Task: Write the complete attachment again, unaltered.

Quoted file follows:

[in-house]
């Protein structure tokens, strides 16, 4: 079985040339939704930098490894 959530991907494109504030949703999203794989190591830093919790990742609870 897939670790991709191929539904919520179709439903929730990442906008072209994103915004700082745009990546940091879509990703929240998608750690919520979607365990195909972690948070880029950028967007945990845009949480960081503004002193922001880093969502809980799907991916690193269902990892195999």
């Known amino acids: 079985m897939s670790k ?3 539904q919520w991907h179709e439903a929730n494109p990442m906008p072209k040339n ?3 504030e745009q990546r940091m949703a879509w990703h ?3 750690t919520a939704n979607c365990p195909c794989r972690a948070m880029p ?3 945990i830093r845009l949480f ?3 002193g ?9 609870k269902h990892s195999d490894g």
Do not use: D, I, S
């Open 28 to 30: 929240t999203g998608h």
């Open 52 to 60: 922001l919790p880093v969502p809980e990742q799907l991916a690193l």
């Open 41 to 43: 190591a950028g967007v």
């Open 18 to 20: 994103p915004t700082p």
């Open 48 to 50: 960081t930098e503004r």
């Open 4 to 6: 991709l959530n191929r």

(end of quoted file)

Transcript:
[in-house]
């Protein structure tokens, strides 16, 4: 079985040339939704930098490894 959530991907494109504030949703999203794989190591830093919790990742609870 897939670790991709191929539904919520179709439903929730990442906008072209994103915004700082745009990546940091879509990703929240998608750690919520979607365990195909972690948070880029950028967007945990845009949480960081503004002193922001880093969502809980799907991916690193269902990892195999």
């Known amino acids: 079985m897939s670790k ?3 539904q919520w991907h179709e439903a929730n494109p990442m906008p072209k040339n ?3 504030e745009q990546r940091m949703a879509w990703h ?3 750690t919520a939704n979607c365990p195909c794989r972690a948070m880029p ?3 945990i830093r845009l949480f ?3 002193g ?9 609870k269902h990892s195999d490894g």
Do not use: D, I, S
């Open 28 to 30: 929240t999203g998608h």
């Open 52 to 60: 922001l919790p880093v969502p809980e990742q799907l991916a690193l």
């Open 41 to 43: 190591a950028g967007v």
């Open 18 to 20: 994103p915004t700082p």
């Open 48 to 50: 960081t930098e503004r």
């Open 4 to 6: 991709l959530n191929r």